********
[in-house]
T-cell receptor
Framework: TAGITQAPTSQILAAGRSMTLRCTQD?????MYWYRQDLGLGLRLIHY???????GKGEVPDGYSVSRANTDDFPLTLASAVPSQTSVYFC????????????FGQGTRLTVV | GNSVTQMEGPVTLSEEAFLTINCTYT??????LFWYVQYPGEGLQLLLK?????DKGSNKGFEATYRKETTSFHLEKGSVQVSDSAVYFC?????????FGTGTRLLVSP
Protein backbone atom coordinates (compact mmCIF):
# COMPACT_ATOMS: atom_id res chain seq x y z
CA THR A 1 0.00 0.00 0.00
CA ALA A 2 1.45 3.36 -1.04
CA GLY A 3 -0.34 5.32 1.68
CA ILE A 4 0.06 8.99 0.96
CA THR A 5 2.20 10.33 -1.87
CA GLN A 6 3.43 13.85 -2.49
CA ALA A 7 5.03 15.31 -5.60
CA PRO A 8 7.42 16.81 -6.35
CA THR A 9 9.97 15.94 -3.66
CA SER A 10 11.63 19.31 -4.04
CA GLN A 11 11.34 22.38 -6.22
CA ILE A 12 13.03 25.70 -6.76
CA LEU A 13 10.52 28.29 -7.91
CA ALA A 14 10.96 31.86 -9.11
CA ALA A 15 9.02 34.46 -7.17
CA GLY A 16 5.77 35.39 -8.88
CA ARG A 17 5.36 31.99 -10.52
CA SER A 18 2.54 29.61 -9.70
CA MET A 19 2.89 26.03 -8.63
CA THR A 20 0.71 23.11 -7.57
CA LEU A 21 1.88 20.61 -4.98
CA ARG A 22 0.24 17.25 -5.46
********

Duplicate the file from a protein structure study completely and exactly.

[in-house]
T-cell receptor
Framework: TAGITQAPTSQILAAGRSMTLRCTQD?????MYWYRQDLGLGLRLIHY???????GKGEVPDGYSVSRANTDDFPLTLASAVPSQTSVYFC????????????FGQGTRLTVV | GNSVTQMEGPVTLSEEAFLTINCTYT??????LFWYVQYPGEGLQLLLK?????DKGSNKGFEATYRKETTSFHLEKGSVQVSDSAVYFC?????????FGTGTRLLVSP
Protein backbone atom coordinates (compact mmCIF):
# COMPACT_ATOMS: atom_id res chain seq x y z
CA THR A 1 0.00 0.00 0.00
CA ALA A 2 1.45 3.36 -1.04
CA GLY A 3 -0.34 5.32 1.68
CA ILE A 4 0.06 8.99 0.96
CA THR A 5 2.20 10.33 -1.87
CA GLN A 6 3.43 13.85 -2.49
CA ALA A 7 5.03 15.31 -5.60
CA PRO A 8 7.42 16.81 -6.35
CA THR A 9 9.97 15.94 -3.66
CA SER A 10 11.63 19.31 -4.04
CA GLN A 11 11.34 22.38 -6.22
CA ILE A 12 13.03 25.70 -6.76
CA LEU A 13 10.52 28.29 -7.91
CA ALA A 14 10.96 31.86 -9.11
CA ALA A 15 9.02 34.46 -7.17
CA GLY A 16 5.77 35.39 -8.88
CA ARG A 17 5.36 31.99 -10.52
CA SER A 18 2.54 29.61 -9.70
CA MET A 19 2.89 26.03 -8.63
CA THR A 20 0.71 23.11 -7.57
CA LEU A 21 1.88 20.61 -4.98
CA ARG A 22 0.24 17.25 -5.46